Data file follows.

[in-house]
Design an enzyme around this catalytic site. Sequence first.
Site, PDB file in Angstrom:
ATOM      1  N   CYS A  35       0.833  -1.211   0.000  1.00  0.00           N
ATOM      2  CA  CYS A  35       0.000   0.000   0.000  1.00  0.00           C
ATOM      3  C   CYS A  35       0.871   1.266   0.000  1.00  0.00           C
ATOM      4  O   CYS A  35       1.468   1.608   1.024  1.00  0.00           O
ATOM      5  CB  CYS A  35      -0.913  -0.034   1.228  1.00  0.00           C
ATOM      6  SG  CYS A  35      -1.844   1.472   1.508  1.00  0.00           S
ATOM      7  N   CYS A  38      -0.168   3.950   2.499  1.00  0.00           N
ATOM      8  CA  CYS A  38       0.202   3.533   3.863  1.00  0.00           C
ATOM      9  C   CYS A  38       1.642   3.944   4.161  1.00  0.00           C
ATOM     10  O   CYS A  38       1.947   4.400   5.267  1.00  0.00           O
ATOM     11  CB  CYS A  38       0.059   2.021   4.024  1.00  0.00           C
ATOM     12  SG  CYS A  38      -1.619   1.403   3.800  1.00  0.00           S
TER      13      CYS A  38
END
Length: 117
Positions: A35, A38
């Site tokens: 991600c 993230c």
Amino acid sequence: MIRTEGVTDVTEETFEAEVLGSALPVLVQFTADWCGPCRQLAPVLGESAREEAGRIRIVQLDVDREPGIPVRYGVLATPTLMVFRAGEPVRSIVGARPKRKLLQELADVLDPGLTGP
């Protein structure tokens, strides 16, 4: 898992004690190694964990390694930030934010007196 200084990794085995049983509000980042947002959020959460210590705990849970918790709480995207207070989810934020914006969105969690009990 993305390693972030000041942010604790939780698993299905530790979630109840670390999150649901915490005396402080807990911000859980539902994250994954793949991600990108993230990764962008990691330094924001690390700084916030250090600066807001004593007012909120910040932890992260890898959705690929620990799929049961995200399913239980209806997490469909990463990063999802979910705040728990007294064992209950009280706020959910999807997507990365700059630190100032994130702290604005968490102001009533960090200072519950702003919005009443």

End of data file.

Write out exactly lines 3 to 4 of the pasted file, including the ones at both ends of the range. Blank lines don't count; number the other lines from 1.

Site, PDB file in Angstrom:
ATOM      1  N   CYS A  35       0.833  -1.211   0.000  1.00  0.00           N